• A. The temperature of the Earth depends on a balance between incoming energy from the Sun and the energy that bounces back into space. CO2 absorbs heat that would otherwise be lost to space. Some of this energy is re-emitted back to Earth, causing additional heating of the planet. Most of the light energy from the sun is emitted in wavelengths shorter than 4,000 nanometers (.000004 meters). The heat energy released from the earth, however, is released in wavelengths longer than 4,000 nanometers. Carbon dioxide doesn’t absorb the incoming energy from the sun, but it does absorb some of the heat energy released from the earth.

• Q. Should I be looking at my consumption of animal products?

• A. A large source of carbon emissions is from livestock farming. Livestock’s Long Shadow: Environmental Issues and Options is a U.N. report, released by the Food and Agriculture Organisation of the United Nations on 29 November 2006. Based on this report, senior U.N. Food and Agriculture Organisation official Dr. Henning Steinfeld stated that the meat industry is “one of the most significant contributors to today’s most serious environmental problems” and that “urgent action is required to remedy the situation.” Following a Life Cycle Analysis approach, the report evaluates “that livestock are responsible for 18 percent of greenhouse gas emissions, a bigger share than that of transport.” In a 2009 issue of the Worldwatch Institute magazine, environmental assessment specialists Robert Goodland and Jeff Anhang argued in “Livestock and Climate Change” that the FAO vastly underestimated the environmental impact of the livestock sector and that it accounts for at least 51% of global GHG emissions. Some criticisms included the FAO’s use of the 100-year Global Warming Potential (GWP) of methane (CH4) rather than the 20 GWP favored by Goodland and Anhang. However, Goodland and Anhang continue to use the 100-year GWP for anthropogenic greenhouse gases in their analysis, with the sole exception of methane emissions from livestock. More controversially, Goodland and Anhang argue that animal respiration should be included, despite widely adopted conventions that they be treated as part of the short-term carbon cycle and excluded. Suffice it to say animal agriculture is a large contributor to greenhouse gas emissions and something that needs to be taken more seriously at all levels of decision making. Currently very few people want to talk about it as it raises so many questions about our lifestyles and the economy that we depend on. Whenever the issue of animal agriculture and its associated emissions are discussed the common response is that it is a very difficult area in which to reduce emissions. Very few address the elephant in the room – that emissions can be very simply reduced by reducing animal numbers. Consider this fact. On average 1 hectare can produce about 28,000 kgs of plant-based food but the same area can produce only 280 kgs of meat. If we really want to play our part in contributing to food security at the same time as reducing greenhouse gases then the answer is clear and simple. The added bonus in the case of NZ is that reducing cow numbers will help restore some health to our waterways.

• Q. What is climate forcing?

• A. Climate forcing is one of the critical factors to understand if we are going to get our heads around what is causing the current rate of climate change. There are positive and negative forcings, which are natural and man-made. “In climate science, radiative forcing or climate forcing, is defined as the difference of insolation (sunlight) absorbed by the Earth and energy radiated back to space. Typically, radiative forcing is quantified at the tropopause in units of watts per square meter of the Earth’s surface.” Radiative forcing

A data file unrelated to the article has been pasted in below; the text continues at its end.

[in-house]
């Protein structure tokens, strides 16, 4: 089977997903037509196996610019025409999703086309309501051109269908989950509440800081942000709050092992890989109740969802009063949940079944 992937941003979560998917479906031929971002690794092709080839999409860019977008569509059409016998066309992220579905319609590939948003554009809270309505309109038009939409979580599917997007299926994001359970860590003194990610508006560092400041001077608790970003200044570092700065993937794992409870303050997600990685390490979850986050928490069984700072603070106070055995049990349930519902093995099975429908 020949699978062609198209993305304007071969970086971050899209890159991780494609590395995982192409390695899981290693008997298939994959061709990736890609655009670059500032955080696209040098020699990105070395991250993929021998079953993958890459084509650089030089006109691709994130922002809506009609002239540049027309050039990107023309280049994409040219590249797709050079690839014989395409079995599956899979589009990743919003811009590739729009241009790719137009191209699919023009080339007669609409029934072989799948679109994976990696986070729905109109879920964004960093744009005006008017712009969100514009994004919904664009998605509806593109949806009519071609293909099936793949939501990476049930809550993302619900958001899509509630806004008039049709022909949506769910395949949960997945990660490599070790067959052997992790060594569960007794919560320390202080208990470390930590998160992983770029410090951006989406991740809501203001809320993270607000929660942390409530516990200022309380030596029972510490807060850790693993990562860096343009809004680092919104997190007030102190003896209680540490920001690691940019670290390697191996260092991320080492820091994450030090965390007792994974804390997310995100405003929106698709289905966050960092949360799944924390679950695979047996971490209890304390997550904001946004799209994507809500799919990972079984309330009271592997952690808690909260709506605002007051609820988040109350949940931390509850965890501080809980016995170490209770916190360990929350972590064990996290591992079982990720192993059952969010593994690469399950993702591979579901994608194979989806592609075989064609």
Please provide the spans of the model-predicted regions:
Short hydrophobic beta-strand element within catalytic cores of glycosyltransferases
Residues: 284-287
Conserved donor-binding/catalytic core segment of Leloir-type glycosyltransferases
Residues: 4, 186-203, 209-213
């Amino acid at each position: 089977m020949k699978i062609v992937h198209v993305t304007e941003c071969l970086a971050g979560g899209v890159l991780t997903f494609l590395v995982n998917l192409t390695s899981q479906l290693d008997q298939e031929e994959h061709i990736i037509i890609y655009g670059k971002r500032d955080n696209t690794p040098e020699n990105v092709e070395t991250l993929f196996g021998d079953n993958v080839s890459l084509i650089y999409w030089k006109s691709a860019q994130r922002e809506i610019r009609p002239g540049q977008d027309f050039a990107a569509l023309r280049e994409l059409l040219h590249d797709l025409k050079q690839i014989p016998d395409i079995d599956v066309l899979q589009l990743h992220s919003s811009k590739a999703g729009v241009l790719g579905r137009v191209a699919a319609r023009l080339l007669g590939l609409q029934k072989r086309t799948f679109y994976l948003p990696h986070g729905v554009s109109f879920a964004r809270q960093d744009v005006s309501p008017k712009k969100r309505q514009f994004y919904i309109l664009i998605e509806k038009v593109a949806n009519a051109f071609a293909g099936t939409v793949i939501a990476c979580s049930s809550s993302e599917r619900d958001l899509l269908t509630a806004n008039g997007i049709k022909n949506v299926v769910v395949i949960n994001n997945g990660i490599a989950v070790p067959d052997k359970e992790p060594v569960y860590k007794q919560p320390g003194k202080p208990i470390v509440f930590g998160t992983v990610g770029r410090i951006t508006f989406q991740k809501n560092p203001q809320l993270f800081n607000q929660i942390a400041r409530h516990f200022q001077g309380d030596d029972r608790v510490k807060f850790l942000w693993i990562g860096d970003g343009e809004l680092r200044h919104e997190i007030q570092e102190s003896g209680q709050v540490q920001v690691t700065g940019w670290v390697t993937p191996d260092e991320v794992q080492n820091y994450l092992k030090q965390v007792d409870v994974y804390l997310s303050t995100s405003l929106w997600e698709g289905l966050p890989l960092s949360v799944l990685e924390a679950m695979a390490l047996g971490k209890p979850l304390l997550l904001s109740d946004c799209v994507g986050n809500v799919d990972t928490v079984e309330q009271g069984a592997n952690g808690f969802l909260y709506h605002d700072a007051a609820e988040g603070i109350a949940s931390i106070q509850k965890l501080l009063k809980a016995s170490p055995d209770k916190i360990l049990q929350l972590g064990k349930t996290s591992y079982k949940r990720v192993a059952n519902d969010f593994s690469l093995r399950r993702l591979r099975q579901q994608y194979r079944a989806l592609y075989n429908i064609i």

“The natural forcing due to insolation variations, averaged over the planet, is a small fraction of 1 watt/M2. This very weak forcing is effective only because, operating over long periods, it succeeds in bringing into play two powerful slow feedbacks: global surface reflectivity changes and greenhouse gas changes…. Humans, by rapidly burning fossil fuels, have caused global warming that overwhelms the natural tendency towards the next ice age…. But human-made climate forcing is now so large that decadel-mean climate will continue to warm for at least the next few decades….because of slow feedbacks, global temperature will continue to rise for decades and millennia unless we reduce human-made climate forcings.” (page 49 – ‘Storms of my Grandchildren’ by James Hansen)

Using current global climate simulations, NASA GISS shows in the image below, the changes in effectiveness of the main radiative forcings since 1880.

Radiative forcingsAs you can see, greenhouse gases are shown to have the greatest sustained positive forcing on the climate system. Stratospheric aerosols from volcanic eruptions can also have a strong, negative cooling influence, but it is very short term. Also note the small influence of solar irradiance changes since 1880. The indirect cooling impact of the release of man-made aerosols is also having a significant impact.

• Q. What can we learn from ocean sediment cores?

• A. From ocean sediment cores we have learnt that about 55 million years ago, an enormous amount of CO2 entered the atmosphere in perhaps only 1,000 years, causing global temperature to rise. Much of the CO2 was absorbed by the ocean, quickly changing its composition. Younger sediments, which do not contain any carbonate shells, lie on top of older sediments, which contain many tiny shells. This sharp boundary indicates that many shelled organisms suddenly disappeared from the ocean at that time. One theory for the source of all this CO2 is that gradual warming of the ocean melted ices containing methane that were part of shallow ocean sediments. The released methane, in turn, reacted with oxygen in the atmosphere to form CO2. The amount of CO2 that was injected into the atmosphere 55 million years ago is comparable to the amount that humans will put into the atmosphere over the next century if we do not reduce CO2 emissions. So that event of the distant past could have important lessons for today.

• Q. If the climate is changing, is there anything I can do about altering the speed of change slowing or stopping it?